Construction company launches mental health awareness initiative
In response to numerous reports highlighting the challenge of mental health in the construction industry, ASW Property Services, a property services specialist covering Wales, the Midlands and the South West of England, has unveiled a new strategy designed to support employees with mental health conditions.
The Office for National Statistics recently published figures showing the suicide rate in the construction industry is higher than in any other profession. This problem is backed up by a recent mental health survey by Construction News, which showed that nearly a third (30 per cent) of construction workers in the UK have taken time off work due to mental health issues over the past 12 months.
As part of the company’s mental health awareness campaign, ASW now offers mental health and stress awareness sessions for its employees. The project kick-started with Mental Health in Construction sessions run by the Working Well Together (WWT) group, as part of its white van tour campaign for 2018 and Gofal, a leading mental health and wellbeing charity.
ASW also provide information packs and videos on the mental health support available as part of its company induction and site induction, given to all new starters (both office and site based) and sub-contractors.
Showing commitment to the project long-term, the company has recently pledged an annual donation to The Lighthouse Club, a charity that provides financial and emotional support to the construction community and their families and will organise a ‘Lighthouse Day’ next year to raise funds for the charity.
The company has also trained two staff as Mental Health First Aiders. Linzi Chellew and Carl Woodward are trained to offer support sessions and give advice to employees (and sub-contractors) suffering from mental health issues.
Linzi Chellew, Safety, Health, Environment and Quality (SHEQ) Officer at ASW, said that a big driver for the campaign is the fact that statistics show a high percentage of males in the construction industry do not feel comfortable informing their employer of their mental health issues. The Construction News survey showed that 63 per cent of individuals who have taken time off because of a mental health issue, have hidden the real reason for their absence from their employer.Chellew said:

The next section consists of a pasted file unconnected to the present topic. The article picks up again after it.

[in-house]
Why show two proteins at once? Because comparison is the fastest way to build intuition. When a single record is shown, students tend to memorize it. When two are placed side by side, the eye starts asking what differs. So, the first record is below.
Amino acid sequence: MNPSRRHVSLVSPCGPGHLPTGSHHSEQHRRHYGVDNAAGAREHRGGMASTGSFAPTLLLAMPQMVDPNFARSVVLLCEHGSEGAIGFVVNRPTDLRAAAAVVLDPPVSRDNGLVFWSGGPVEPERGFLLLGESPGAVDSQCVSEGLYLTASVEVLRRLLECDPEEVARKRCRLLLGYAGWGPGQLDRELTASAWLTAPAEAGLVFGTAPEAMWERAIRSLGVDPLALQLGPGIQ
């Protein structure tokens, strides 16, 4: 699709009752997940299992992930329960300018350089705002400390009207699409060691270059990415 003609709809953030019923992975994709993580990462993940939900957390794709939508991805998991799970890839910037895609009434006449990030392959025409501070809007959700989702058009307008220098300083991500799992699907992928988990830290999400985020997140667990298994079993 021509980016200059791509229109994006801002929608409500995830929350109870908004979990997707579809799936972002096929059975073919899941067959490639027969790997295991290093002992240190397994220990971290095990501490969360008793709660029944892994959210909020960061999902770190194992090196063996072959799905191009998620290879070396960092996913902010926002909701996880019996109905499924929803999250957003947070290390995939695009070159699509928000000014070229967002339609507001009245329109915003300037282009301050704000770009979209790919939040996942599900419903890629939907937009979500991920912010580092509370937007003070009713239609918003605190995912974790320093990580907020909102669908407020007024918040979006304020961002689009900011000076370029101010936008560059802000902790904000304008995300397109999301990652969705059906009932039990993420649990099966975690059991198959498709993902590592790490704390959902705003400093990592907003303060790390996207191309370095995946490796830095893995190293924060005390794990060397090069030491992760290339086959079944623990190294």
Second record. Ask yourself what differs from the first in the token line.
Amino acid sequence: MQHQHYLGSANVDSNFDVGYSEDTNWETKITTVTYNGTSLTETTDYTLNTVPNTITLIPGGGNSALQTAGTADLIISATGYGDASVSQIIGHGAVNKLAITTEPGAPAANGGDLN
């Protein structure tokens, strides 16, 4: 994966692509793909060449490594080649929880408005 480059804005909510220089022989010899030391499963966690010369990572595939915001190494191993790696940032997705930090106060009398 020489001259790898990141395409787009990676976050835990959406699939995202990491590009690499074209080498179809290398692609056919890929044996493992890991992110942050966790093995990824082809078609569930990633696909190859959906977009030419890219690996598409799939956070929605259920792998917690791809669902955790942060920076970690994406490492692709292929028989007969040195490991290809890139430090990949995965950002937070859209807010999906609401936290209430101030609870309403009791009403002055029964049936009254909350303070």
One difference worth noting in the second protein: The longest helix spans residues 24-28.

“I have worked in the construction industry for over 10 years, and I have seen first-hand how the pressure of dealing with mental health conditions can impact an employee. As construction is seen as a male dominated industry, there comes the stereotypical expectation that males do not tend to talk about emotions in the same way females do, and that mental ill-health is a sign of weakness, forming a stigma.
“This stigma stops people getting the help they need and therefore poses a risk. Like any risk, ideally it should be eliminated and we as a company are passionate about breaking down the barriers and making this happen. The statistics available are shocking – this really hit home, becoming the main driving force behind ASW’s mental health awareness campaign.
“We are currently developing our policies to reflect mental health awareness and to highlight the support we offer as a company to all employees and sub-contractors working on our sites.”
Anthony Thomas, managing director of ASW, said:
“Mental health is a subject very close to me. My staff are my priority and I want to support every single employee that is suffering from mental health conditions. The statistics showing the construction industry obtains more suicides than any other profession speaks for itself – more support needs to be offered and it is time the stigma surrounding mental health in a male dominated industry is removed.
“I am extremely proud of all of my staff – both for working together to provide this support via our mental health awareness campaign and the company’s workers, both office and site based, who have embraced the training and support facility and have already began using it. The feedback we have had makes it all worthwhile.”